For the microscopic examination, the tumor cells were neatly arranged, with intact cellular morphology in Group I. Severe damages (i.e., nuclear pyknosis, fragmentation, and lysis) were observed, and a mass of substance was stained red uniformly, with scattering cell fragments, in Groups V and IV. The damages in Group IV were slighter than Group V. In the Groups II and III, injuries with various extents were observed (without qualitative differences), and the tumor tissue damages were slighter and weaker than Groups V and IV (Fig. 8a1, 2, 3, 4, 5). Immunohistochemical results displayed that, after the HIFU irritation, the expression of PCNA was reduced or even absent in the necrotic region, while positive expression was observed in the surrounding normal tissues (Fig. 8b1, 2, 3, 4, 5). The results showed that, the PI for the tumors in Group V was significantly lower than the other groups (P < 0.05). Significant differences in PI were observed between these groups, besides Groups II and III (P < 0.05). The tumor tissue expression in Group I was the highest among these groups (P < 0.05) (Fig. 8e). Furthermore, the TUNEL assay was performed to evaluate cellular apoptosis. Similarly to the proliferation experiment, apoptotic cells were observed in all these groups. As shown in Fig. 8c1, 2, 3, 4, 5, the AI for the tumor tissue in Group V was far higher than the other groups (P < 0.05). Significant AI differences were observed between these groups, besides Groups II and III. The tumor tissue expression for Group I was the lowest among all these groups (P < 0.05) (Fig. 8f). As visualized by TEM (Fig. 8d1, 2, 3, 4, 5), in Group I, the cell structures were normal and clear, with intact cell membrane and nuclear membrane and slightly distended mitochondria and endoplasmic reticulum. Cells suffered from the heaviest damages in Group V, where cell structures were destroyed, with broken cell membrane and nuclear membrane, cytoplasm loss, decomposed nucleus substance, and missing organelles. Damages in Group IV were less severe than Group V, and more severe than Groups II and III. Similar damages were observed for Groups II and III, where fractured cell membrane, a small amount of vacuoles in cytoplasm, and swelled mitochondria were observed. The outcomes of TEM were consistent with the HE staining.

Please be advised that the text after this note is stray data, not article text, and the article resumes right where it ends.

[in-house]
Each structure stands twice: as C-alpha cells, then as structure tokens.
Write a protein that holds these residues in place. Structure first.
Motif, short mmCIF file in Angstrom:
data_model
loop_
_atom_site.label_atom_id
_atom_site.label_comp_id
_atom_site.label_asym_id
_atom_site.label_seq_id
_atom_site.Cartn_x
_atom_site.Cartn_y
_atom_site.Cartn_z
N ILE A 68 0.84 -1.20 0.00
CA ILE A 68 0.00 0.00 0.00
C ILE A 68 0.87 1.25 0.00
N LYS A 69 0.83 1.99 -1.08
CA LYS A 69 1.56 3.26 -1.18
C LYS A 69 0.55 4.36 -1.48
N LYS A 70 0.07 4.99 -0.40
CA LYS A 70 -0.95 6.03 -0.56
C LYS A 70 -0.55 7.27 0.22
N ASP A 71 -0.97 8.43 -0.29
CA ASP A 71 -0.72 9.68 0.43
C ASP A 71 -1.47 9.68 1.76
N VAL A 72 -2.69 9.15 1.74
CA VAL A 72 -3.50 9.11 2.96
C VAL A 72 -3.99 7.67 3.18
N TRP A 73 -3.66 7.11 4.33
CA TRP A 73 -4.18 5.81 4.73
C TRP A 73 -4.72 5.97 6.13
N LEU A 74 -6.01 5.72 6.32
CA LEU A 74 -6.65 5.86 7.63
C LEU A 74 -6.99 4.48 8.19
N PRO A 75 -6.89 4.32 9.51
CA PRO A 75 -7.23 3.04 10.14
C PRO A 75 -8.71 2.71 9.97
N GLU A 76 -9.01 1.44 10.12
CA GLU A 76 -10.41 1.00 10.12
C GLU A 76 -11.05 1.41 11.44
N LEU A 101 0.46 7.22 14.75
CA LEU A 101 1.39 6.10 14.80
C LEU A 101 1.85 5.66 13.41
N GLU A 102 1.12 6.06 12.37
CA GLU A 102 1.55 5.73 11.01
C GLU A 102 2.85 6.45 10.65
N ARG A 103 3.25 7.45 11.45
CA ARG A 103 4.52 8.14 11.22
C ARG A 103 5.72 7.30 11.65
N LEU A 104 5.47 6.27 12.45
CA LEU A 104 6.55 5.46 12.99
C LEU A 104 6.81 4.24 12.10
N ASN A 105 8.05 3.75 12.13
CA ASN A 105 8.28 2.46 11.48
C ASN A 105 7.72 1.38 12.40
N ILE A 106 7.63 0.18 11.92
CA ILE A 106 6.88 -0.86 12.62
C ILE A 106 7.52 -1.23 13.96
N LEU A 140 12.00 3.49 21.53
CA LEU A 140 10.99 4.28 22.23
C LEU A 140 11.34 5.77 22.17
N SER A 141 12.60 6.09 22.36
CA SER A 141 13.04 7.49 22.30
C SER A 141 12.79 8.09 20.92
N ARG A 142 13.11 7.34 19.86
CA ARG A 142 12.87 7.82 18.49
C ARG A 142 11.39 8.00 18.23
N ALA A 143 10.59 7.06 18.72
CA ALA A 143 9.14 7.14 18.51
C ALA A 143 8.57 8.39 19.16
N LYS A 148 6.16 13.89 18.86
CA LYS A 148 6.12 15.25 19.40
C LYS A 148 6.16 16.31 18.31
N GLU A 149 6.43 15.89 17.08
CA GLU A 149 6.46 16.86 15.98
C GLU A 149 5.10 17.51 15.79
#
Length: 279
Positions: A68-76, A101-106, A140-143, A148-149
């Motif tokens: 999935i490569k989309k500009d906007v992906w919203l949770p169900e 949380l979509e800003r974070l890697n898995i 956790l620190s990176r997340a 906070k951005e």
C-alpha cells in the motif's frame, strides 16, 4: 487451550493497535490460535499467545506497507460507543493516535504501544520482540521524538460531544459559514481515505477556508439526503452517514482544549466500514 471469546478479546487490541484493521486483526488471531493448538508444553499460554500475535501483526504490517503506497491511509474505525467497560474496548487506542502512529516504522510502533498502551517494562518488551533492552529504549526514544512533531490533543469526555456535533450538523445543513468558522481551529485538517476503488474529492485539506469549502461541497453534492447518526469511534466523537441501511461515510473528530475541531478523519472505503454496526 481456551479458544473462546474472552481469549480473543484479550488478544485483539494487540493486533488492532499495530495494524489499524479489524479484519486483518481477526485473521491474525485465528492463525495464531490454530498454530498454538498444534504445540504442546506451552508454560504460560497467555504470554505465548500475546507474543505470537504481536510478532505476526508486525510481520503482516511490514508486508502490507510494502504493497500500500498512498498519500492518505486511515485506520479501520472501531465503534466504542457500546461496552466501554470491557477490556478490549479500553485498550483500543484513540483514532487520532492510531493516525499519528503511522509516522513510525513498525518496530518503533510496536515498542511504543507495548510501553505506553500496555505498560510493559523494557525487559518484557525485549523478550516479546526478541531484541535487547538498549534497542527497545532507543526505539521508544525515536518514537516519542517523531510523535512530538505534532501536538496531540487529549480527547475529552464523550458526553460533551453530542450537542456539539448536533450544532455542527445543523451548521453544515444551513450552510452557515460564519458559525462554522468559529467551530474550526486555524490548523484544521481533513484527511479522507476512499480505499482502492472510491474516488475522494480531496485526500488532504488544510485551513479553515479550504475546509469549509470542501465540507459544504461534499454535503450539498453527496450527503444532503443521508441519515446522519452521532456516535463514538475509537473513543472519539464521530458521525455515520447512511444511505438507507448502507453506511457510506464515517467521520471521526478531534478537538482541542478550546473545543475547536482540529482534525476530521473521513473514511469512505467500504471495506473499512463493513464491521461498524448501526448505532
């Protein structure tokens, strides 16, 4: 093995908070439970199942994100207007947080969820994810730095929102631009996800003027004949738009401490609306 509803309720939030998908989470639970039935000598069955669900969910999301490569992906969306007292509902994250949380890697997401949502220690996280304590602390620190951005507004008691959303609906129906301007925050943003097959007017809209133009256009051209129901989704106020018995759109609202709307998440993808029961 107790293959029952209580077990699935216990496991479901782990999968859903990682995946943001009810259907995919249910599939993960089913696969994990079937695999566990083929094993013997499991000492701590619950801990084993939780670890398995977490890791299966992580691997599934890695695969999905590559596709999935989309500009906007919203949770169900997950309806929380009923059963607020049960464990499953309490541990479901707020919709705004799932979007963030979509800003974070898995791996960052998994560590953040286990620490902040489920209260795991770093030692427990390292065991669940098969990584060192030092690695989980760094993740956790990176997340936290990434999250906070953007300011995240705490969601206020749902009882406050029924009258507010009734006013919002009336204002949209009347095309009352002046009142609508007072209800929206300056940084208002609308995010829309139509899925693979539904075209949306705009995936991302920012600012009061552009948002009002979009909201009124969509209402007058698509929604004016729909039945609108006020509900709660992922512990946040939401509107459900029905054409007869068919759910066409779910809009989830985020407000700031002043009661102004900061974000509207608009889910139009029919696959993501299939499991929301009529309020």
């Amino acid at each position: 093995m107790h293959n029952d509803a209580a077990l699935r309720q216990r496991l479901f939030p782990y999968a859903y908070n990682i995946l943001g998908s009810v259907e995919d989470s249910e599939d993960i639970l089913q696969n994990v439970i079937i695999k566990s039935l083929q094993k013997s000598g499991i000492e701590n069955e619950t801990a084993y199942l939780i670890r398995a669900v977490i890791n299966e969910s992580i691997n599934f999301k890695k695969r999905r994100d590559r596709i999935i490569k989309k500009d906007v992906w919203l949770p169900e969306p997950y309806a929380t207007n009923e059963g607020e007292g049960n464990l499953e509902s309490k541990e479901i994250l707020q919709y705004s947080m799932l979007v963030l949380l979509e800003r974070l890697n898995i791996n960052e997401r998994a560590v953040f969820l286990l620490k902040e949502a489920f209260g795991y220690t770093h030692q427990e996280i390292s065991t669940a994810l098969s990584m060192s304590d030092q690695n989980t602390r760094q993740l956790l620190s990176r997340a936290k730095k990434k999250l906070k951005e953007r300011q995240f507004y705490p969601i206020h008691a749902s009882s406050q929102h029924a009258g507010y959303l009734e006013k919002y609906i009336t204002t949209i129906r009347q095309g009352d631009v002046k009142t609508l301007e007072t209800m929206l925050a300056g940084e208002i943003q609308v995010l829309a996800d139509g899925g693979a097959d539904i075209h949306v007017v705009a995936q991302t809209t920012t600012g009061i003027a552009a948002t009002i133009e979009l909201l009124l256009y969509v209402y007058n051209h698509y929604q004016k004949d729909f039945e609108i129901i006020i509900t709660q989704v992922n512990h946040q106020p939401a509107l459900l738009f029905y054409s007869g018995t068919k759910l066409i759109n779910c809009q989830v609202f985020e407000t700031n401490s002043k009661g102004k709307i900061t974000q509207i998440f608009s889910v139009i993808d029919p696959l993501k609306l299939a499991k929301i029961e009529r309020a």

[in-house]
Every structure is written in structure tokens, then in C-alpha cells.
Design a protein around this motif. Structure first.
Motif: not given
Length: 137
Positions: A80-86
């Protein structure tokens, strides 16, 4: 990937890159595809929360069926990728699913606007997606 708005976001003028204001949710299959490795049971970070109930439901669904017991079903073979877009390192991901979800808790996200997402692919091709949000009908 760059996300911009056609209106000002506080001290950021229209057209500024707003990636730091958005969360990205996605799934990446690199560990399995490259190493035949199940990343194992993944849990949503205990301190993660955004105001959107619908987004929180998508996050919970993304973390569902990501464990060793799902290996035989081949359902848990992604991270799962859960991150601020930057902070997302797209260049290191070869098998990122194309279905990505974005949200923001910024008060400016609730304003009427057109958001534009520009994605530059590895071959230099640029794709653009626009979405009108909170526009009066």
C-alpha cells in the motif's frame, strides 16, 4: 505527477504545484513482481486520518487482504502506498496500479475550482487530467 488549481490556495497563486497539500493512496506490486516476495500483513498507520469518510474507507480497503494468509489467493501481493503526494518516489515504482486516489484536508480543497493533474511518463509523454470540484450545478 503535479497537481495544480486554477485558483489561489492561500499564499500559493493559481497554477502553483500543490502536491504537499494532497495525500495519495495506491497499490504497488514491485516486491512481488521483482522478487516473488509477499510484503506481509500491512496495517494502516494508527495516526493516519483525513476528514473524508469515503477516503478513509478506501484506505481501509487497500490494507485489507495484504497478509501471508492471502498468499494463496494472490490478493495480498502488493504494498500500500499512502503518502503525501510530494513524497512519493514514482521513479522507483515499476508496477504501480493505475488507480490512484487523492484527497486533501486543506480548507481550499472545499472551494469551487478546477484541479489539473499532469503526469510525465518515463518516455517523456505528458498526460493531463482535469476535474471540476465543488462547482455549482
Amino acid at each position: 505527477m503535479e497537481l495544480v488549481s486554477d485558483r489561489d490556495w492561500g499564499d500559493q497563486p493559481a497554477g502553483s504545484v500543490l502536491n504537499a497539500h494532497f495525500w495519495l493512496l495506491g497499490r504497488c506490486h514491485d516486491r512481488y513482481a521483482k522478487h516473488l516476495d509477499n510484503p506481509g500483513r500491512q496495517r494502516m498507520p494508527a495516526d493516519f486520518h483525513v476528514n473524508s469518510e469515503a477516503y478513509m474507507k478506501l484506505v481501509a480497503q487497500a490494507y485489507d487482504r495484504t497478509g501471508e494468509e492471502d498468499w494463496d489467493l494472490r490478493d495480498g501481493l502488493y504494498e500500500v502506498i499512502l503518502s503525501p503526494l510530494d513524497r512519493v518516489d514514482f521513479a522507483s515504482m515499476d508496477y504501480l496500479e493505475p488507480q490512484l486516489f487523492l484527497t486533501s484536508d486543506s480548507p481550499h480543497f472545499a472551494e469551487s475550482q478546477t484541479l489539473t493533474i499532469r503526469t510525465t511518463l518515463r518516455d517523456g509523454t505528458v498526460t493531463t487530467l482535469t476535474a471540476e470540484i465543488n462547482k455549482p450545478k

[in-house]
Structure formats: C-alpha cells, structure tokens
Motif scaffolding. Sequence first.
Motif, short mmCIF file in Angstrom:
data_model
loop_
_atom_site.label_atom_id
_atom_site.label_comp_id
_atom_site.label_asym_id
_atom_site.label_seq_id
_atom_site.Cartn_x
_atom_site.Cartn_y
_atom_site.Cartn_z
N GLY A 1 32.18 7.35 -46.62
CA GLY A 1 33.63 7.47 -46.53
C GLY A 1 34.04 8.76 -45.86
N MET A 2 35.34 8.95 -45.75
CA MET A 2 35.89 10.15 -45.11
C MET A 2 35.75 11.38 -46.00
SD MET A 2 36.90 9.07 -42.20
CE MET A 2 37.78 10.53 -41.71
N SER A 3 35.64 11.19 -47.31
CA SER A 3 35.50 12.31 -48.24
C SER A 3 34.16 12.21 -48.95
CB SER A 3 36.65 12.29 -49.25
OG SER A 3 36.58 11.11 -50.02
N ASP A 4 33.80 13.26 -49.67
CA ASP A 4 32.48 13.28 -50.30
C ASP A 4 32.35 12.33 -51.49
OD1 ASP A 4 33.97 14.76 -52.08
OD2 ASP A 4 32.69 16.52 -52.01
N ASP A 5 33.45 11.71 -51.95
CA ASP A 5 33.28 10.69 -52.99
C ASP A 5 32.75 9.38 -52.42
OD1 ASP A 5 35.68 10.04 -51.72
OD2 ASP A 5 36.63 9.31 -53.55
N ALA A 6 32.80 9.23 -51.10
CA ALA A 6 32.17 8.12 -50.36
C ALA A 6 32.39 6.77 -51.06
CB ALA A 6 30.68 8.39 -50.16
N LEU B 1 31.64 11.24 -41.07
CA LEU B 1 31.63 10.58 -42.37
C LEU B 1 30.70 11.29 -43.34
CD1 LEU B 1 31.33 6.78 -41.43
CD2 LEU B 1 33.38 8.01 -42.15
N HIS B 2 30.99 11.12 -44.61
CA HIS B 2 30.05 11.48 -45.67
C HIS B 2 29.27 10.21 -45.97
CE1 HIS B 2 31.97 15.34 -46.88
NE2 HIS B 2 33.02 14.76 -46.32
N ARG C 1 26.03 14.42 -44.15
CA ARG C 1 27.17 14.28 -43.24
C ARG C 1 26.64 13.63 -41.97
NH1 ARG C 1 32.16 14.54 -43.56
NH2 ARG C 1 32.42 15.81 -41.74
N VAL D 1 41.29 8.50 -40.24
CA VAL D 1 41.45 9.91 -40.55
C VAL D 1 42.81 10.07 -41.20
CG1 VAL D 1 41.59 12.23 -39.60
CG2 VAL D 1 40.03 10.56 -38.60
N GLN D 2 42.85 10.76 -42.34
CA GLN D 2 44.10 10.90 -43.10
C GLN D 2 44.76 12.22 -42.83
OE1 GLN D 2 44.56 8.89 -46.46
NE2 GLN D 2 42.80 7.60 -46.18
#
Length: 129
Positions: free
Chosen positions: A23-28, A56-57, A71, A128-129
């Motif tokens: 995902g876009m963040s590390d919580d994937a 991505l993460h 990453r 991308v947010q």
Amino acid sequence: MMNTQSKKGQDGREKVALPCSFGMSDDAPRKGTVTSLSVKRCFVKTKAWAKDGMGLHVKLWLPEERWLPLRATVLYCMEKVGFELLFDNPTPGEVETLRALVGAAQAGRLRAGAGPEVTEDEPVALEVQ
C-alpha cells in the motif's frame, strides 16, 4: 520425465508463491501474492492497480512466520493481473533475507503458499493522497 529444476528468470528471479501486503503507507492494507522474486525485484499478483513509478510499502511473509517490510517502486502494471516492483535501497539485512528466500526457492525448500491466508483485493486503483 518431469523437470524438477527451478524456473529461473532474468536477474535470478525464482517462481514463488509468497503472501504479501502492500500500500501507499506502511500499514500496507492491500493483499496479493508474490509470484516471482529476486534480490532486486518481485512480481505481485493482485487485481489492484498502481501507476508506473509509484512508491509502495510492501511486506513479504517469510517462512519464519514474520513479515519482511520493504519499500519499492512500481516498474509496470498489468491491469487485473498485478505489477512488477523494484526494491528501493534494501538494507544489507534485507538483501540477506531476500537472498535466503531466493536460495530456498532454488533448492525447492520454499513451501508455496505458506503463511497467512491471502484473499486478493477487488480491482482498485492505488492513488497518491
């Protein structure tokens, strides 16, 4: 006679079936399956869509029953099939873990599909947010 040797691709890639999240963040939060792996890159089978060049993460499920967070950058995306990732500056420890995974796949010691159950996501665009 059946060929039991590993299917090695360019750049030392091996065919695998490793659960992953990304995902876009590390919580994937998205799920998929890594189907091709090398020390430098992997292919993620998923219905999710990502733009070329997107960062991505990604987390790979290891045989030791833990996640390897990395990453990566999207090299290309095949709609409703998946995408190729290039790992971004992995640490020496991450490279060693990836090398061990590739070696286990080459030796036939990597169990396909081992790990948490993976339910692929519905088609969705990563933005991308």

Figure 8
Figure 8

(a1–a5) HE staining of the tumor tissues (400× magnification). (b1–b5, c1–c5) PCNA and TUNEL staining of the tumor tissues (400 × magnification). (d1–d5) TEM analysis of the tumor tissues [4000 × (d1,d3), 6000 × (d2,d5), and 8000 × (d4) magnification]. (e,f) PI of PCNA and AI of TUNEL in different groups after HIFU ablation. *P < 0.05.

Discussion